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Switzerland ready to join the world?

Parliament supports Swiss membership of the UN swissinfo.ch

This year the Swiss are to decide whether to end their self-imposed isolation in a vote on membership of the United Nations.

This content was published on December 28, 2001 - 11:44

The country will also move closer to the European Union, with the implementation of a series of bilateral accords governing issues such as the free movement of people and trade ties.

But all the attention will be focused on the ballot of March 3, when voters whether the country should finally become a full member of the UN.

The campaigns for and against membership have still to get into full swing, but the outcome of the vote is expected to be very close.

The government, most political parties and the business community have thrown their weight behind UN membership, but right wing and conservative groups have warned Swiss neutrality would be compromised. Voters rejected UN membership in a nationwide ballot in 1986.

Switzerland is the only country besides the Vatican not to be a full member of the world body, but it hosts the UN's European headquarters in Geneva.

Closer ties with the EU

In line with the government's aims for 2002, Switzerland is expected to forge closer ties with the European Union this year without becoming a full member of the 15-nation bloc.

A first set of bilateral treaties, covering transport, trade and labour, look set to take effect before summer. Swiss voters approved the accords 19 months ago, but several EU members delayed the ratification procedure. Belgium's parliament finally gave the accords the thumbs-up in December, paving the way for their implementation.

In the meantime, talks are underway for a second series of bilateral agreements between the Swiss government and the authorities in Brussels. The accords include agreements on security and asylum, as well as tax evasion and customs fraud.

Government aims

The Swiss government has also said it plans to continue the fight against international terrorism and strengthen internal security without sacrificing basic rights.

High on the agenda are also plans for tax cuts, reforms of the public service infrastructure and agriculture, as well as the system of higher education in Switzerland.

The government said the reforms were necessary for Switzerland to remain competitive on an international level.

Wartime past

The coming year will also offer an opportunity for Switzerland to come to grips with its wartime past. In March a commission of experts, led by the historian, Jean-François Bergier, will present its final report on Switzerland's role during the Second World War.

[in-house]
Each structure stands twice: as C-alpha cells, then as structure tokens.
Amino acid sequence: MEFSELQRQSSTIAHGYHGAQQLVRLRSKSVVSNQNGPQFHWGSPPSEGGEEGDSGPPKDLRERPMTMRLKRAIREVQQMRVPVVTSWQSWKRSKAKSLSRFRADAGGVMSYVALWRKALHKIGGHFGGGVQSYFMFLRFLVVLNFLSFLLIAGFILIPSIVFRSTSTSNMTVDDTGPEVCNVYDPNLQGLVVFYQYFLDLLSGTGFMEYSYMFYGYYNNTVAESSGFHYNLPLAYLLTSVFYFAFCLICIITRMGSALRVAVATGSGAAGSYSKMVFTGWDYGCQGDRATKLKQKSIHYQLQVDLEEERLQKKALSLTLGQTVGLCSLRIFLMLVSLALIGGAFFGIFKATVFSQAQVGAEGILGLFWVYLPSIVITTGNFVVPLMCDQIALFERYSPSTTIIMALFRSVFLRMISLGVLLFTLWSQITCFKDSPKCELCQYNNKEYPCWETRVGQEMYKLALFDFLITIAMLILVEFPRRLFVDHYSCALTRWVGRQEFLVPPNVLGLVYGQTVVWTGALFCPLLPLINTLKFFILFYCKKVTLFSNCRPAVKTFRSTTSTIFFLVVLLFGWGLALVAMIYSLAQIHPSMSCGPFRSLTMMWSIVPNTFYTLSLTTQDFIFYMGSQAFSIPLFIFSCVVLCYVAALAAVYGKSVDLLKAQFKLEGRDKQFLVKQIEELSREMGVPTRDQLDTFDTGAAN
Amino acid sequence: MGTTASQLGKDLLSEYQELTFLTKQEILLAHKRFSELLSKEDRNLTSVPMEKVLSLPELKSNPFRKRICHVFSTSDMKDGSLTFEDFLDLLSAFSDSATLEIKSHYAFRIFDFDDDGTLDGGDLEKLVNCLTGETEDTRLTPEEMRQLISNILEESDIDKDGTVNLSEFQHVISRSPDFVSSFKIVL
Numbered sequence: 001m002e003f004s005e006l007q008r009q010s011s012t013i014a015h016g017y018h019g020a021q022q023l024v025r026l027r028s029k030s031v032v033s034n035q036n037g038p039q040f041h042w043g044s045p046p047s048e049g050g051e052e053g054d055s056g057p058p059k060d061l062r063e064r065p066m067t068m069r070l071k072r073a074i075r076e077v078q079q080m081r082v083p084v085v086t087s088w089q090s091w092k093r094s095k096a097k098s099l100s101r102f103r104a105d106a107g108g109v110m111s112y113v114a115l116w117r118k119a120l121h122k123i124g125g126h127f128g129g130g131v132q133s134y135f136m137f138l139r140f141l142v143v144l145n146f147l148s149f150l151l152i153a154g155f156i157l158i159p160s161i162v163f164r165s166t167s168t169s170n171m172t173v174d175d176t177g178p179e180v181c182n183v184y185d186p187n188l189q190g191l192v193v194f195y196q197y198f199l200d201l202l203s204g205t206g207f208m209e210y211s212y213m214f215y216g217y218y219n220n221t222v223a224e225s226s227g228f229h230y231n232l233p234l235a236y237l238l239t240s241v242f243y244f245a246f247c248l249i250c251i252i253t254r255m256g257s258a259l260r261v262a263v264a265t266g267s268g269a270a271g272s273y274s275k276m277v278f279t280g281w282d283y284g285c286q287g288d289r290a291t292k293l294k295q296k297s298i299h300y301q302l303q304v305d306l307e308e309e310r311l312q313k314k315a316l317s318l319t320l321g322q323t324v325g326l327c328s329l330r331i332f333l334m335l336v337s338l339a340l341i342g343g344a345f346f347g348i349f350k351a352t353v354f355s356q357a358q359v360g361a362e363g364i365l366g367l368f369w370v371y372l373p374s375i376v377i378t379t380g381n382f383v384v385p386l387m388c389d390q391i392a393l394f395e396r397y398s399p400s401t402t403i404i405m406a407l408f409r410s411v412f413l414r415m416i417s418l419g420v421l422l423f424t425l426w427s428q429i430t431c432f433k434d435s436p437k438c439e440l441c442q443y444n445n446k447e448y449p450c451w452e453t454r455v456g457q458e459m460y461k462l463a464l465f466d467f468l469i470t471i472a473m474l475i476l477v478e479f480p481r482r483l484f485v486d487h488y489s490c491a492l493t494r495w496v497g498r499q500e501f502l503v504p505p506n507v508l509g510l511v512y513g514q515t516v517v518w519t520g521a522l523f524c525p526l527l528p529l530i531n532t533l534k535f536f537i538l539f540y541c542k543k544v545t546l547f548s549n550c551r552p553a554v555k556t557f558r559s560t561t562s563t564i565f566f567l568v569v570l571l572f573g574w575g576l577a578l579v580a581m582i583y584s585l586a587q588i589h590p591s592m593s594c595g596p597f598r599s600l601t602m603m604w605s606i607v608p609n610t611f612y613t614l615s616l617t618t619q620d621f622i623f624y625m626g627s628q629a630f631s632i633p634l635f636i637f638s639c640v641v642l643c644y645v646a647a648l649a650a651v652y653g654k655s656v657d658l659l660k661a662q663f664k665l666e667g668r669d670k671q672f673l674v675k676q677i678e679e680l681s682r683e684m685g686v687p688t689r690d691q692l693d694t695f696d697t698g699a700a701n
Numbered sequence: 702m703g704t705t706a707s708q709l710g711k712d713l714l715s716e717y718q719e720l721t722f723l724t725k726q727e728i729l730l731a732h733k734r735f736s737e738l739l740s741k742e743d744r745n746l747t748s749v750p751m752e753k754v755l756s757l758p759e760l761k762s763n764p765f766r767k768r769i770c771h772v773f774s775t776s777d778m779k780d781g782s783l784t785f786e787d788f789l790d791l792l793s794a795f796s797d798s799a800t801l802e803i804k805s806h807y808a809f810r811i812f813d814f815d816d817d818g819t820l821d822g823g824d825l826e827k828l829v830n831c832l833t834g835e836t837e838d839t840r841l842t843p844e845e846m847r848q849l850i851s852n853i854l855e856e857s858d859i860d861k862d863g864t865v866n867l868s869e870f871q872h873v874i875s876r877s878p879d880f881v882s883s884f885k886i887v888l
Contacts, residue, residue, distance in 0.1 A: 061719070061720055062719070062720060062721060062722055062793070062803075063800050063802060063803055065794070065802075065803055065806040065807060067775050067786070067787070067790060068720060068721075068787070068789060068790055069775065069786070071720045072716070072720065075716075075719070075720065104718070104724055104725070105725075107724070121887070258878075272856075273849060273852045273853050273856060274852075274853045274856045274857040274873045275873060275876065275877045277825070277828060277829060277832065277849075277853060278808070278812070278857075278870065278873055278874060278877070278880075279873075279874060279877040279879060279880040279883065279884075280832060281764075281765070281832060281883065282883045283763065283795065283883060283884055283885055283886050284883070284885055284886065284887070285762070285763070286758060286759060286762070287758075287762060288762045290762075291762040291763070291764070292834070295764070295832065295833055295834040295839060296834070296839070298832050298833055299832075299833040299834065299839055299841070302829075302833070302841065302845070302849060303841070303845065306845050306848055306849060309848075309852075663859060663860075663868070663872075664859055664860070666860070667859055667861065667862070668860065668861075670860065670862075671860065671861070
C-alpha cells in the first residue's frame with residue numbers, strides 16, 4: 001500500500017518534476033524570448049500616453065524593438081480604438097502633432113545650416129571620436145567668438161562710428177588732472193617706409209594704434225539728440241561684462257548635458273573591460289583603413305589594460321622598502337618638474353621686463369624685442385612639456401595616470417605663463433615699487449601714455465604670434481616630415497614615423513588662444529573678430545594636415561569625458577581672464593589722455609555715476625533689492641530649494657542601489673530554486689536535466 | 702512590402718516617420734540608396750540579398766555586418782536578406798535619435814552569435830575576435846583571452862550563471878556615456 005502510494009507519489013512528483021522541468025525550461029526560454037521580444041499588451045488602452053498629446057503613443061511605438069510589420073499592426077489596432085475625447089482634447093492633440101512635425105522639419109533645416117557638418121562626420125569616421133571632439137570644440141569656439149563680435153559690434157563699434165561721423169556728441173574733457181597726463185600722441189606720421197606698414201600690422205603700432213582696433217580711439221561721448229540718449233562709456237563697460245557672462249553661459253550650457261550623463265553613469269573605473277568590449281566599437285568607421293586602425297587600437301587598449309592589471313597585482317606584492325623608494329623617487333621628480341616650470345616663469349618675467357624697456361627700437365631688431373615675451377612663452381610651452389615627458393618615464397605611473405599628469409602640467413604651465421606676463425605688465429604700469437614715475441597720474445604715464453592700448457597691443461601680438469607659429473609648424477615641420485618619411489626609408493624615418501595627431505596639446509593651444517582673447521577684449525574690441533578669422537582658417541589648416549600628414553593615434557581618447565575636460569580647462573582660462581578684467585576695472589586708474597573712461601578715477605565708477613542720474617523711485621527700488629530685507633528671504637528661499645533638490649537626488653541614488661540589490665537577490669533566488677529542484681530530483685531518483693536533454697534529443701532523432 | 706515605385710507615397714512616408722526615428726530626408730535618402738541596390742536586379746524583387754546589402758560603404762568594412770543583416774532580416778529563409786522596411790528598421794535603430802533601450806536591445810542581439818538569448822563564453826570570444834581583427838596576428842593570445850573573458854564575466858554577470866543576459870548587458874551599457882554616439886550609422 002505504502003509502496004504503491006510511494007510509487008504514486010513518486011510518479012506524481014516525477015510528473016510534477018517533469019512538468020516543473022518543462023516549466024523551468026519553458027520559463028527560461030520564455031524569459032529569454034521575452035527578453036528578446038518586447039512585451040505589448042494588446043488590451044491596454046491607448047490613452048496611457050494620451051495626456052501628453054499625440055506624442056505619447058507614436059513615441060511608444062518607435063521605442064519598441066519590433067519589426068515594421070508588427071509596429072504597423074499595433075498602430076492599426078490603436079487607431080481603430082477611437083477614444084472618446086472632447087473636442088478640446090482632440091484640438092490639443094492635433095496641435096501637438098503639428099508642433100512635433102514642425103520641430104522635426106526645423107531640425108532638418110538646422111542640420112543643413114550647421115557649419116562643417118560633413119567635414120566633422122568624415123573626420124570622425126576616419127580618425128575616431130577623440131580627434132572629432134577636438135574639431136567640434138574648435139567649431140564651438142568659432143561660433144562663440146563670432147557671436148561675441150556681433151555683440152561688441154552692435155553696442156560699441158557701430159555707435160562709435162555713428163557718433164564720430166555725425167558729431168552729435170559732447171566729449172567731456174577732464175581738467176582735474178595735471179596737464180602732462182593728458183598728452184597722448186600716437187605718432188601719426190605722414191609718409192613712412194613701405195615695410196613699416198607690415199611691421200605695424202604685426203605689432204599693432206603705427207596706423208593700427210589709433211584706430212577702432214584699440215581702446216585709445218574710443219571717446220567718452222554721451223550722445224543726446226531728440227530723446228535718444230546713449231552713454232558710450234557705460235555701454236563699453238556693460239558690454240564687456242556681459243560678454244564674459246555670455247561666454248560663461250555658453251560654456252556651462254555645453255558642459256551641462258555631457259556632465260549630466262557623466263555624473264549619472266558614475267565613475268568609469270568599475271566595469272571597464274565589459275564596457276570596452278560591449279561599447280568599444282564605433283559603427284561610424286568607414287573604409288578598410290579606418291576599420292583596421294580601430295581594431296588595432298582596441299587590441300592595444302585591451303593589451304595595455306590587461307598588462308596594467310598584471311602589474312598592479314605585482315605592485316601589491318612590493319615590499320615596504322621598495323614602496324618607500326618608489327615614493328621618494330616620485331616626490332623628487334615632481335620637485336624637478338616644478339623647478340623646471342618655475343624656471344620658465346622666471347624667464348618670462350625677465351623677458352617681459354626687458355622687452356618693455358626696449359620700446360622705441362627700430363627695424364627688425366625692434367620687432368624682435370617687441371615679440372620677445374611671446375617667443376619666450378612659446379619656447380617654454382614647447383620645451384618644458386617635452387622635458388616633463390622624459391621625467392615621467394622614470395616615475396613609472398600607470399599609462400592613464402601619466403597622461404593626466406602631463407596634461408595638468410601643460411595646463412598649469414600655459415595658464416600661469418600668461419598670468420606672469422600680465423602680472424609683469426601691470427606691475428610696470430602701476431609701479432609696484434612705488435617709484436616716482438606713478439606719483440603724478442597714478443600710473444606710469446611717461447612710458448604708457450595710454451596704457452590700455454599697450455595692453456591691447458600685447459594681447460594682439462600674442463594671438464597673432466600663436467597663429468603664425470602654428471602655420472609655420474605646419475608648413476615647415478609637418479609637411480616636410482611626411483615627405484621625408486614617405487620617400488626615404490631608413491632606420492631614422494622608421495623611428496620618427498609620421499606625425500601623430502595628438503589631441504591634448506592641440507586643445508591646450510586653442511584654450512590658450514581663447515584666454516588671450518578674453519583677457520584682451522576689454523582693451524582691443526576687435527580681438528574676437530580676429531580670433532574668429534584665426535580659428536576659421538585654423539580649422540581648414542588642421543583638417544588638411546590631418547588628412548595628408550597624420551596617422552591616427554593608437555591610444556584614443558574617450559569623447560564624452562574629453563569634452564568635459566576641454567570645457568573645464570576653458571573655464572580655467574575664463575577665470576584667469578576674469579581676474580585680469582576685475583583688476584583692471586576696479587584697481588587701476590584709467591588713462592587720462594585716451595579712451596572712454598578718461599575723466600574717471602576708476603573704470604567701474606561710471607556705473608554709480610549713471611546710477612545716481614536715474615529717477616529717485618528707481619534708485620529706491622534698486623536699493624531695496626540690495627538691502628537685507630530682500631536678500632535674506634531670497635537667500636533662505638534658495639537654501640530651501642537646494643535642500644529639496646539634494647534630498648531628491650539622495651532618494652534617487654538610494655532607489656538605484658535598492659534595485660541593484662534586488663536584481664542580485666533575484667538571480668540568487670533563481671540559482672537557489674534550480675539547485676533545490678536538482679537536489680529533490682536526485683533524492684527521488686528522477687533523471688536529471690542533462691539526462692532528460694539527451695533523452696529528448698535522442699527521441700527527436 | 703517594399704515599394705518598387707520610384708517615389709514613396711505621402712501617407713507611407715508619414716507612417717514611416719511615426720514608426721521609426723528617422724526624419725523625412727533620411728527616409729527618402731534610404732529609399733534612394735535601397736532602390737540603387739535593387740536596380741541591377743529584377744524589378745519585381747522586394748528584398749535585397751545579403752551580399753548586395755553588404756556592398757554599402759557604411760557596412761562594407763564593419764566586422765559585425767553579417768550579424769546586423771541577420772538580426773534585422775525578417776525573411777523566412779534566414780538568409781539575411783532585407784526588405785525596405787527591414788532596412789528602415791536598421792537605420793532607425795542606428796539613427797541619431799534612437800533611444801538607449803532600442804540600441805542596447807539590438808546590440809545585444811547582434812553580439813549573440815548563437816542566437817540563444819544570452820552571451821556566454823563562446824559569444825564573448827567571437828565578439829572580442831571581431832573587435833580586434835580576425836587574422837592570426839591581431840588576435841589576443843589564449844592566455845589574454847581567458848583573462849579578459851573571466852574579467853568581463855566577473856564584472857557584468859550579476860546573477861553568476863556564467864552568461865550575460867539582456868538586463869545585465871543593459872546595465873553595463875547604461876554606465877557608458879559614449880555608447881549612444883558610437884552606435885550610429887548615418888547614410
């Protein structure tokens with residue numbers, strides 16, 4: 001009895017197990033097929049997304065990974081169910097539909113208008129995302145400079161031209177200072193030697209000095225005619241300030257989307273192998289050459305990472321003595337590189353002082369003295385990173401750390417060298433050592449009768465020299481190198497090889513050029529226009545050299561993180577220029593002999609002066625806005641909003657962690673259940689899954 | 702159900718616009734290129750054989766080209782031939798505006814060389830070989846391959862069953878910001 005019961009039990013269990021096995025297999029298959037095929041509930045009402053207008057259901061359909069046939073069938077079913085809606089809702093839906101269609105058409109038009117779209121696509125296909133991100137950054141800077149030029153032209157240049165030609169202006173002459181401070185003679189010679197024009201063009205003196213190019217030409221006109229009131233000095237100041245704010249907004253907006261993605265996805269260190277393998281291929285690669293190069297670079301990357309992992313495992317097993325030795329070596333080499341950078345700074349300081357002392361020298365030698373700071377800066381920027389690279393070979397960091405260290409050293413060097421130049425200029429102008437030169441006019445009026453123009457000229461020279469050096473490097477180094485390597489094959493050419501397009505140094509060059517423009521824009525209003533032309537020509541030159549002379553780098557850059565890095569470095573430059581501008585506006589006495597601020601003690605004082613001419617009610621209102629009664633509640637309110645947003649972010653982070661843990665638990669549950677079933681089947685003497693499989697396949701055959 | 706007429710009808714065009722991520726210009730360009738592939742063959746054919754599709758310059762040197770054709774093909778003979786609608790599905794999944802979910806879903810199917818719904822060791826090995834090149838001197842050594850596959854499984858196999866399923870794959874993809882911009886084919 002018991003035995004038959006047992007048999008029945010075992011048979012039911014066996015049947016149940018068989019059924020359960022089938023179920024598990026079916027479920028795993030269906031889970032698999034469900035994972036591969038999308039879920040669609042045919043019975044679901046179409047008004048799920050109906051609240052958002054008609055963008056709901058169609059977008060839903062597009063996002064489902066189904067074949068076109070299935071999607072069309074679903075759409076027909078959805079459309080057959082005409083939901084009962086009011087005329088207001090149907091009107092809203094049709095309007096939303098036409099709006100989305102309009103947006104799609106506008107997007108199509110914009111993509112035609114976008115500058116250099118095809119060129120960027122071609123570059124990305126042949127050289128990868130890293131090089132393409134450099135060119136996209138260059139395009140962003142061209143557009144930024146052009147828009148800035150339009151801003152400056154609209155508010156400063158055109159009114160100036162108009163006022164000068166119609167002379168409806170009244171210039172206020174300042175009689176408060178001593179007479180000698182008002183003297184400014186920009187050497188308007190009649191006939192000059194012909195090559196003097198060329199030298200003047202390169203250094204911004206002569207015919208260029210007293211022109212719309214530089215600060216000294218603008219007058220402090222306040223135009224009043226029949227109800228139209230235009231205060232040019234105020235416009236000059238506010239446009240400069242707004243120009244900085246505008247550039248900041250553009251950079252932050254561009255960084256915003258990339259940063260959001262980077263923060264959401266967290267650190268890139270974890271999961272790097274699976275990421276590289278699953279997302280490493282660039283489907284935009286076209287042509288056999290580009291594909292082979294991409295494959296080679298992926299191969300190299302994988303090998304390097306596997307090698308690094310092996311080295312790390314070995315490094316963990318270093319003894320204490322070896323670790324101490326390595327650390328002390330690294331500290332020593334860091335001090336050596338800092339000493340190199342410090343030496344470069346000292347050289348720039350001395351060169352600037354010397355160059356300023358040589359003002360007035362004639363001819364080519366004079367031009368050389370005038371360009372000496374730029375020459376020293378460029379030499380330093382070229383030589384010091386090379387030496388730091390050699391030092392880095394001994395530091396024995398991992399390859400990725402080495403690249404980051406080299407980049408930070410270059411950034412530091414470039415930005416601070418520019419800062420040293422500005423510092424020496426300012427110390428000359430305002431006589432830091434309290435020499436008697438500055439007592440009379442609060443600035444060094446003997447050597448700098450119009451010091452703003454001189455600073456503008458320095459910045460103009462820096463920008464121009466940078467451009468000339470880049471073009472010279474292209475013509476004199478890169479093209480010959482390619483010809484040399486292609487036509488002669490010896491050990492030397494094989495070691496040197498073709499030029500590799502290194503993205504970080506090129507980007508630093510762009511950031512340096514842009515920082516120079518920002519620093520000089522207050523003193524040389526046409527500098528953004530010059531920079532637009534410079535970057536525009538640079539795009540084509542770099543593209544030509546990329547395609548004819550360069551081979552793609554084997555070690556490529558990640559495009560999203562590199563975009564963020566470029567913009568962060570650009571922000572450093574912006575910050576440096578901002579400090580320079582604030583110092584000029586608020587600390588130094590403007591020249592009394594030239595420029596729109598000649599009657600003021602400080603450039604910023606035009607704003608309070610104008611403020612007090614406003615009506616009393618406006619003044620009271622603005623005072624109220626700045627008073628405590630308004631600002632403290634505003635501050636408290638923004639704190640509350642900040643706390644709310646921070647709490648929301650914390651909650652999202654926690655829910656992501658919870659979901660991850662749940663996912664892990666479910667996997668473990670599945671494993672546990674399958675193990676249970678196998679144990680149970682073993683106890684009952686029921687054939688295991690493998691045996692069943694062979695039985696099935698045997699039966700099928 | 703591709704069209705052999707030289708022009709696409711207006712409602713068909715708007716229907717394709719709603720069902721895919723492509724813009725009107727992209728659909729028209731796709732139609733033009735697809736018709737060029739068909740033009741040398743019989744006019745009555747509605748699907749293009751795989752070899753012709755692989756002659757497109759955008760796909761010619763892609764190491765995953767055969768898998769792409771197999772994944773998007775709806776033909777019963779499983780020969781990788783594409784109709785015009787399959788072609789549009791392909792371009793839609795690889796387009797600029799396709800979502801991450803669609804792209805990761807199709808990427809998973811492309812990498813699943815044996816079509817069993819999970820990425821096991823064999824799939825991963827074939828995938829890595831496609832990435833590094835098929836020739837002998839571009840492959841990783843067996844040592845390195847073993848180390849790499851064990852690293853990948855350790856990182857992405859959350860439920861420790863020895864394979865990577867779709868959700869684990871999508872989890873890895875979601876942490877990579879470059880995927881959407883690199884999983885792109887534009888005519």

The wide ranging probe was launched five years ago at the height of an international debate over dormant Holocaust era accounts in Swiss banks.

Several studies by the nine-member Independent Commission of Experts have already been published over the past few months, catching media attention worldwide and causing sometimes bitter controversy in Switzerland between historians and witnesses of the wartime years.

Expo.02: A national showcase

In mid-May, the Swiss national exhibition, Expo.02, is due to open its doors to the public. Held once every generation, the exhibition aims to portray the country in its different social, political, and cultural dimensions.

The site for the event is a region around three lakes on the border between the German- and French-speaking parts of Switzerland. The new Expo was initially scheduled for 2001, but it had to be postponed for a year because of financial and management problems.

There is still a fair bit of scepticism about the Expo, but the organisers expect more than four million visitors to flock to the sites in the towns of Neuchâtel, Biel, Yverdon and Murten between May and October this year.

Switzerland's older generation has fond memories of the two previous editions held in Lausanne in 1964 and Zurich in 1939.

New flag carrier

Before Expo.02 gets underway, another symbol of national identity is set to rise from the ashes.

A new national airline, based around the collapsed flag carrier, Swissair, and the regional airline, Crossair, is expected to take to the skies at the end of March.

The 70-year old Swissair was forced to give up after it accumulated massive debts following the failure of its expansion plans.

The new flag carrier, which has still to be named, faces a few more obstacles before it becomes fully operational, despite massive cash injections by the federal authorities and business.

But the airline is seen as a lifeline for the Swiss economy and Switzerland's best standard-bearer abroad.

by Urs Geiser

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